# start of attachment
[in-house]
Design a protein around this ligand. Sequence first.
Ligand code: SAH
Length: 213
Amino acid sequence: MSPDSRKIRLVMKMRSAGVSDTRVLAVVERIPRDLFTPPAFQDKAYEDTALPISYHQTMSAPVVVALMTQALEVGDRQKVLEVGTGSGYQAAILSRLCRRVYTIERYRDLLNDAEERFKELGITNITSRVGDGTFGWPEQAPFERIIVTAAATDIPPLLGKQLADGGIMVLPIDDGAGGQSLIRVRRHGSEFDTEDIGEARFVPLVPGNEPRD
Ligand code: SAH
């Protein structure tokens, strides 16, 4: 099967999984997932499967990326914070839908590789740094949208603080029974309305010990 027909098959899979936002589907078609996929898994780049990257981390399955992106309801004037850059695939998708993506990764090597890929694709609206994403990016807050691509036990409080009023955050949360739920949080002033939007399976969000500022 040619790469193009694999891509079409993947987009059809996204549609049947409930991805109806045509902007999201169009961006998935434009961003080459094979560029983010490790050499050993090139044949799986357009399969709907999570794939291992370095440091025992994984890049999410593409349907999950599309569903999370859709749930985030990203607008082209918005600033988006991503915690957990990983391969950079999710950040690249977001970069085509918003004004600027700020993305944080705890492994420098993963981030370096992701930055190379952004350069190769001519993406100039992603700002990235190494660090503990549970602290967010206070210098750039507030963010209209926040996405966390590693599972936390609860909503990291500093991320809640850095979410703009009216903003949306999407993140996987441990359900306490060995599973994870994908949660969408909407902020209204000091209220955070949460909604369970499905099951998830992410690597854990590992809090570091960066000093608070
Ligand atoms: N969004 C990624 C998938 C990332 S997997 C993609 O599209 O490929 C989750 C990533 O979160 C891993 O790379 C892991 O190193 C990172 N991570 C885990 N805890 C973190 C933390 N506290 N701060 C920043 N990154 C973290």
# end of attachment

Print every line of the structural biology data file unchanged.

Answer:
[in-house]
Design a protein around this ligand. Sequence first.
Ligand code: SAH
Length: 213
Amino acid sequence: MSPDSRKIRLVMKMRSAGVSDTRVLAVVERIPRDLFTPPAFQDKAYEDTALPISYHQTMSAPVVVALMTQALEVGDRQKVLEVGTGSGYQAAILSRLCRRVYTIERYRDLLNDAEERFKELGITNITSRVGDGTFGWPEQAPFERIIVTAAATDIPPLLGKQLADGGIMVLPIDDGAGGQSLIRVRRHGSEFDTEDIGEARFVPLVPGNEPRD
Ligand code: SAH
């Protein structure tokens, strides 16, 4: 099967999984997932499967990326914070839908590789740094949208603080029974309305010990 027909098959899979936002589907078609996929898994780049990257981390399955992106309801004037850059695939998708993506990764090597890929694709609206994403990016807050691509036990409080009023955050949360739920949080002033939007399976969000500022 040619790469193009694999891509079409993947987009059809996204549609049947409930991805109806045509902007999201169009961006998935434009961003080459094979560029983010490790050499050993090139044949799986357009399969709907999570794939291992370095440091025992994984890049999410593409349907999950599309569903999370859709749930985030990203607008082209918005600033988006991503915690957990990983391969950079999710950040690249977001970069085509918003004004600027700020993305944080705890492994420098993963981030370096992701930055190379952004350069190769001519993406100039992603700002990235190494660090503990549970602290967010206070210098750039507030963010209209926040996405966390590693599972936390609860909503990291500093991320809640850095979410703009009216903003949306999407993140996987441990359900306490060995599973994870994908949660969408909407902020209204000091209220955070949460909604369970499905099951998830992410690597854990590992809090570091960066000093608070
Ligand atoms: N969004 C990624 C998938 C990332 S997997 C993609 O599209 O490929 C989750 C990533 O979160 C891993 O790379 C892991 O190193 C990172 N991570 C885990 N805890 C973190 C933390 N506290 N701060 C920043 N990154 C973290």